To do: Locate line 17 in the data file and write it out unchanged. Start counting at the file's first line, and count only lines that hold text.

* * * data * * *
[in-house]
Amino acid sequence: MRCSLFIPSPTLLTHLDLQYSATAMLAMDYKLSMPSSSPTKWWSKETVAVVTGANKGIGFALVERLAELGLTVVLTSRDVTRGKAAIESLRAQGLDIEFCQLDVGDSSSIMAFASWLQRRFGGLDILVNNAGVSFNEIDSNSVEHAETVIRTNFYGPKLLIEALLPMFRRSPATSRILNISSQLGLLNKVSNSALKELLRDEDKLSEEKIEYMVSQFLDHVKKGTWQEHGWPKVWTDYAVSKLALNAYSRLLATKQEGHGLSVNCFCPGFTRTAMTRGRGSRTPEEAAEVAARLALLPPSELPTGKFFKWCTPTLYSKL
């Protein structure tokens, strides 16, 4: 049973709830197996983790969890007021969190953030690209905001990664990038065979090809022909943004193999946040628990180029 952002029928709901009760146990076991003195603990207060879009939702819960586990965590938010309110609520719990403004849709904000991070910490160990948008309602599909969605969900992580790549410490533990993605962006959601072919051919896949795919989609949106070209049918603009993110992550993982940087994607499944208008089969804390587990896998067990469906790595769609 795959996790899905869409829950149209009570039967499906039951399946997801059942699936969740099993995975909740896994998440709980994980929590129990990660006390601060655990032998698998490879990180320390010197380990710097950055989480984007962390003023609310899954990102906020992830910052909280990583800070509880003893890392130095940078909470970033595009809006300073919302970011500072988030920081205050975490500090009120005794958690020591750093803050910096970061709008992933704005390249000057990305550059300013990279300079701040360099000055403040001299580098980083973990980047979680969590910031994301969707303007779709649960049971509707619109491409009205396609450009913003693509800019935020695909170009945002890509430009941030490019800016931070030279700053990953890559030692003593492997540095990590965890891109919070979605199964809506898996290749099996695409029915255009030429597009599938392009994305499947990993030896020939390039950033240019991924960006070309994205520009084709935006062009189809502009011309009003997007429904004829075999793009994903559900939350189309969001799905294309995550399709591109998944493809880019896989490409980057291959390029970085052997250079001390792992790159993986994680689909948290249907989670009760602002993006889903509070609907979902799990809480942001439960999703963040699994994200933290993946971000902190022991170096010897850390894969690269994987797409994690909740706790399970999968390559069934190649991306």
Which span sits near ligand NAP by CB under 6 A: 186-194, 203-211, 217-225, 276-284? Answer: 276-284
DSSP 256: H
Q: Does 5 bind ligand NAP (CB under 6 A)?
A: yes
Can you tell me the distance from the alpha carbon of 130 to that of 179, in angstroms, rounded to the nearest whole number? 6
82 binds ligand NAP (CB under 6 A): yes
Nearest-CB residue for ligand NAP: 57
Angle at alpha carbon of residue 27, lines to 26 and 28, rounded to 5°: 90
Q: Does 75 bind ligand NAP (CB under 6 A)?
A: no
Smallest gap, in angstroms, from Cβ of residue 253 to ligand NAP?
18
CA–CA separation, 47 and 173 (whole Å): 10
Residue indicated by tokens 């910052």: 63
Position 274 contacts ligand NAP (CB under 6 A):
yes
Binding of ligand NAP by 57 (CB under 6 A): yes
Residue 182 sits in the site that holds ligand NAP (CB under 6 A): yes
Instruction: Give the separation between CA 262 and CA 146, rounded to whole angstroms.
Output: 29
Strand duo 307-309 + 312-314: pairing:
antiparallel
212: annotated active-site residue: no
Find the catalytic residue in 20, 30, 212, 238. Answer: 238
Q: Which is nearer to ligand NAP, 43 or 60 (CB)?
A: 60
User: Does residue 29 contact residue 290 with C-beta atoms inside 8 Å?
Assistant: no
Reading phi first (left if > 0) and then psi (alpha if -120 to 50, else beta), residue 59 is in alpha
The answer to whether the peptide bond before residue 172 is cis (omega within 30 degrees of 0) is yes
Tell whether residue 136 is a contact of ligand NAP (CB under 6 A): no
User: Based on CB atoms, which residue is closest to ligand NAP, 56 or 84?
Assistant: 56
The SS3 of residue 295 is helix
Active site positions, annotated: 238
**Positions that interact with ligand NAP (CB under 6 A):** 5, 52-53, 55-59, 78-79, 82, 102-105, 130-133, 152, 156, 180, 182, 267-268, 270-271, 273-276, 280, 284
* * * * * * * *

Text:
Residue indicated by tokens 């910052």: 63